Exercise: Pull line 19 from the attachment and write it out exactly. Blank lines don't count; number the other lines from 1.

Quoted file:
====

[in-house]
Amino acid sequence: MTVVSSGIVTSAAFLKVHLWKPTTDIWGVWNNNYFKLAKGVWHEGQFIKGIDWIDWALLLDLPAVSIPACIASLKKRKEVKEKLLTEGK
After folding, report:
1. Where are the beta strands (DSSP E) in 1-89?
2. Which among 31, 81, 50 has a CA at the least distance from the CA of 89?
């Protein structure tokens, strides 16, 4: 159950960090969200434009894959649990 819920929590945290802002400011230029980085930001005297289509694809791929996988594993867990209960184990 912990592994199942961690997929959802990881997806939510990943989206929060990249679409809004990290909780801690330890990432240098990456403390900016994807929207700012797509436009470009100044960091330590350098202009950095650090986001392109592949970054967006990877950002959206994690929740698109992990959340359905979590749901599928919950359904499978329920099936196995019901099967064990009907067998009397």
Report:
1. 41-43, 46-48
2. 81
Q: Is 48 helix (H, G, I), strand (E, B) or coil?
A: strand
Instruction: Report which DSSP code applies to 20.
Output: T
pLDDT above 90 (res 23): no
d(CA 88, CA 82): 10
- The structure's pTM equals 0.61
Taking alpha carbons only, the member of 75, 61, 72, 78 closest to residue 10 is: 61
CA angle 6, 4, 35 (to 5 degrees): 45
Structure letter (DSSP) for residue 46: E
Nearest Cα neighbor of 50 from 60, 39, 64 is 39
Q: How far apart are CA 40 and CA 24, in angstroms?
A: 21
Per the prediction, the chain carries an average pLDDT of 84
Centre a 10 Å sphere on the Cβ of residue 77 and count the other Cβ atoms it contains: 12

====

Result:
Structure letter (DSSP) for residue 46: E